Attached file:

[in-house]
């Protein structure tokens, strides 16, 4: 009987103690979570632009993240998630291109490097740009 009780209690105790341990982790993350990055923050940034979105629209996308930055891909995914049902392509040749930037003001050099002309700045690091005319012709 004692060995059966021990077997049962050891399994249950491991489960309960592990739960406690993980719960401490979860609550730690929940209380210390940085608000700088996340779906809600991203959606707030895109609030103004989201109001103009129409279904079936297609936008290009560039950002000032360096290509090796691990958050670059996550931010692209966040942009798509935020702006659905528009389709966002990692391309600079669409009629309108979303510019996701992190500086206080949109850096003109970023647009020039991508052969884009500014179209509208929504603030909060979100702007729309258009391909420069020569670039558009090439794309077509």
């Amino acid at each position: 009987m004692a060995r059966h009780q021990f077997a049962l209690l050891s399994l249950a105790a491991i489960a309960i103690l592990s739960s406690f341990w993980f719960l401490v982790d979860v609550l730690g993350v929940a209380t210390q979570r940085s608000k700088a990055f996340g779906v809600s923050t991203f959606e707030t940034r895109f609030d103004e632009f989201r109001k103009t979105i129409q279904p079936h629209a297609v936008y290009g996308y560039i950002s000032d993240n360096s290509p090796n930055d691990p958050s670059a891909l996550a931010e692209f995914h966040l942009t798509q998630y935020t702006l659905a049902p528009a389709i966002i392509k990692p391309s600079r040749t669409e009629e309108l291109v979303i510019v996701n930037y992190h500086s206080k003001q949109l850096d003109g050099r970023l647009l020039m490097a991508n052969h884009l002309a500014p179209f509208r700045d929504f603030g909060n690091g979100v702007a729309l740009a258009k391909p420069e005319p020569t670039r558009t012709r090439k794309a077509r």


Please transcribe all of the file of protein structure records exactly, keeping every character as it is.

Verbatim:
[in-house]
């Protein structure tokens, strides 16, 4: 009987103690979570632009993240998630291109490097740009 009780209690105790341990982790993350990055923050940034979105629209996308930055891909995914049902392509040749930037003001050099002309700045690091005319012709 004692060995059966021990077997049962050891399994249950491991489960309960592990739960406690993980719960401490979860609550730690929940209380210390940085608000700088996340779906809600991203959606707030895109609030103004989201109001103009129409279904079936297609936008290009560039950002000032360096290509090796691990958050670059996550931010692209966040942009798509935020702006659905528009389709966002990692391309600079669409009629309108979303510019996701992190500086206080949109850096003109970023647009020039991508052969884009500014179209509208929504603030909060979100702007729309258009391909420069020569670039558009090439794309077509």
């Amino acid at each position: 009987m004692a060995r059966h009780q021990f077997a049962l209690l050891s399994l249950a105790a491991i489960a309960i103690l592990s739960s406690f341990w993980f719960l401490v982790d979860v609550l730690g993350v929940a209380t210390q979570r940085s608000k700088a990055f996340g779906v809600s923050t991203f959606e707030t940034r895109f609030d103004e632009f989201r109001k103009t979105i129409q279904p079936h629209a297609v936008y290009g996308y560039i950002s000032d993240n360096s290509p090796n930055d691990p958050s670059a891909l996550a931010e692209f995914h966040l942009t798509q998630y935020t702006l659905a049902p528009a389709i966002i392509k990692p391309s600079r040749t669409e009629e309108l291109v979303i510019v996701n930037y992190h500086s206080k003001q949109l850096d003109g050099r970023l647009l020039m490097a991508n052969h884009l002309a500014p179209f509208r700045d929504f603030g909060n690091g979100v702007a729309l740009a258009k391909p420069e005319p020569t670039r558009t012709r090439k794309a077509r």